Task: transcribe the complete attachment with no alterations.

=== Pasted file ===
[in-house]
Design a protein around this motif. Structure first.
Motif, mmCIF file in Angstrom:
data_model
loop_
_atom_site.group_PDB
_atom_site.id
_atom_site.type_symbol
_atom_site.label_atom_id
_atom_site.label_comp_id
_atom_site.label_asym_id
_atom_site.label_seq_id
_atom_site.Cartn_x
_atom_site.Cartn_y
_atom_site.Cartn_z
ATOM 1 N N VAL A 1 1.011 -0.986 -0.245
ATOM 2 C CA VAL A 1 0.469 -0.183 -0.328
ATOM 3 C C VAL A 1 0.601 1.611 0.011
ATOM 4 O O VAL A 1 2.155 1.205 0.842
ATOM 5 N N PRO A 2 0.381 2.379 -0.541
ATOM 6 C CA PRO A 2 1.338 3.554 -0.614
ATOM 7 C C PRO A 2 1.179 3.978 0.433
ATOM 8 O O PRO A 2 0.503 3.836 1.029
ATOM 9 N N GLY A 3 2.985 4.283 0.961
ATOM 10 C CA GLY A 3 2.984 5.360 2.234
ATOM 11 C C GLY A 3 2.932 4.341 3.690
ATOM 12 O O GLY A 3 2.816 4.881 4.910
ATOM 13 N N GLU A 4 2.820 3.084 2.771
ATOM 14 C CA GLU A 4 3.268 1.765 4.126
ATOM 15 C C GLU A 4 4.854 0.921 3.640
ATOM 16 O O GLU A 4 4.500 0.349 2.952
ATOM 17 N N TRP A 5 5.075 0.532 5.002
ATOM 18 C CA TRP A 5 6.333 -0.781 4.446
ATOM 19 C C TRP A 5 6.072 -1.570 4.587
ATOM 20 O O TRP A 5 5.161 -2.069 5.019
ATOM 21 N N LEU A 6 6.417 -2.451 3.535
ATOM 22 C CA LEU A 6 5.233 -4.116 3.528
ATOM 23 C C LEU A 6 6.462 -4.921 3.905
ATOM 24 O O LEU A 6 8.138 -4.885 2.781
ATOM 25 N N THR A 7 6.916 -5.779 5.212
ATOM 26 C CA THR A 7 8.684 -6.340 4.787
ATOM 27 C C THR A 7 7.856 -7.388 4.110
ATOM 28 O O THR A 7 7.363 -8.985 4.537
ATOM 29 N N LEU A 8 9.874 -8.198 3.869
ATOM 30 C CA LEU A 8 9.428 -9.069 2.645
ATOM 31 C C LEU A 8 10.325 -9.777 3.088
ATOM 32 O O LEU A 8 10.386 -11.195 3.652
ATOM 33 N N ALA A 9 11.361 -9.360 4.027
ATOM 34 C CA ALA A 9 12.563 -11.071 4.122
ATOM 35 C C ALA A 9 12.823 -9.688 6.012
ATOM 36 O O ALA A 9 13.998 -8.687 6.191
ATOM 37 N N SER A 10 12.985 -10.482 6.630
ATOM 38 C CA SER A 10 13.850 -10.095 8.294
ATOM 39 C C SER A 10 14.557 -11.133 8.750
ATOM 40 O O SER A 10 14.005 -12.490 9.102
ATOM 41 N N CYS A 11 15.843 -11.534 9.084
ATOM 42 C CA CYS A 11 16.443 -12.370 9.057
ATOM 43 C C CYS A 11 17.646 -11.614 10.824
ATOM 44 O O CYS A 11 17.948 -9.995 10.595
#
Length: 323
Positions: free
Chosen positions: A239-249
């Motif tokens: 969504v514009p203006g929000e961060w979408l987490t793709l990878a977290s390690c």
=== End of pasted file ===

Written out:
[in-house]
Design a protein around this motif. Structure first.
Motif, mmCIF file in Angstrom:
data_model
loop_
_atom_site.group_PDB
_atom_site.id
_atom_site.type_symbol
_atom_site.label_atom_id
_atom_site.label_comp_id
_atom_site.label_asym_id
_atom_site.label_seq_id
_atom_site.Cartn_x
_atom_site.Cartn_y
_atom_site.Cartn_z
ATOM 1 N N VAL A 1 1.011 -0.986 -0.245
ATOM 2 C CA VAL A 1 0.469 -0.183 -0.328
ATOM 3 C C VAL A 1 0.601 1.611 0.011
ATOM 4 O O VAL A 1 2.155 1.205 0.842
ATOM 5 N N PRO A 2 0.381 2.379 -0.541
ATOM 6 C CA PRO A 2 1.338 3.554 -0.614
ATOM 7 C C PRO A 2 1.179 3.978 0.433
ATOM 8 O O PRO A 2 0.503 3.836 1.029
ATOM 9 N N GLY A 3 2.985 4.283 0.961
ATOM 10 C CA GLY A 3 2.984 5.360 2.234
ATOM 11 C C GLY A 3 2.932 4.341 3.690
ATOM 12 O O GLY A 3 2.816 4.881 4.910
ATOM 13 N N GLU A 4 2.820 3.084 2.771
ATOM 14 C CA GLU A 4 3.268 1.765 4.126
ATOM 15 C C GLU A 4 4.854 0.921 3.640
ATOM 16 O O GLU A 4 4.500 0.349 2.952
ATOM 17 N N TRP A 5 5.075 0.532 5.002
ATOM 18 C CA TRP A 5 6.333 -0.781 4.446
ATOM 19 C C TRP A 5 6.072 -1.570 4.587
ATOM 20 O O TRP A 5 5.161 -2.069 5.019
ATOM 21 N N LEU A 6 6.417 -2.451 3.535
ATOM 22 C CA LEU A 6 5.233 -4.116 3.528
ATOM 23 C C LEU A 6 6.462 -4.921 3.905
ATOM 24 O O LEU A 6 8.138 -4.885 2.781
ATOM 25 N N THR A 7 6.916 -5.779 5.212
ATOM 26 C CA THR A 7 8.684 -6.340 4.787
ATOM 27 C C THR A 7 7.856 -7.388 4.110
ATOM 28 O O THR A 7 7.363 -8.985 4.537
ATOM 29 N N LEU A 8 9.874 -8.198 3.869
ATOM 30 C CA LEU A 8 9.428 -9.069 2.645
ATOM 31 C C LEU A 8 10.325 -9.777 3.088
ATOM 32 O O LEU A 8 10.386 -11.195 3.652
ATOM 33 N N ALA A 9 11.361 -9.360 4.027
ATOM 34 C CA ALA A 9 12.563 -11.071 4.122
ATOM 35 C C ALA A 9 12.823 -9.688 6.012
ATOM 36 O O ALA A 9 13.998 -8.687 6.191
ATOM 37 N N SER A 10 12.985 -10.482 6.630
ATOM 38 C CA SER A 10 13.850 -10.095 8.294
ATOM 39 C C SER A 10 14.557 -11.133 8.750
ATOM 40 O O SER A 10 14.005 -12.490 9.102
ATOM 41 N N CYS A 11 15.843 -11.534 9.084
ATOM 42 C CA CYS A 11 16.443 -12.370 9.057
ATOM 43 C C CYS A 11 17.646 -11.614 10.824
ATOM 44 O O CYS A 11 17.948 -9.995 10.595
#
Length: 323
Positions: free
Chosen positions: A239-249
């Motif tokens: 969504v514009p203006g929000e961060w979408l987490t793709l990878a977290s390690c």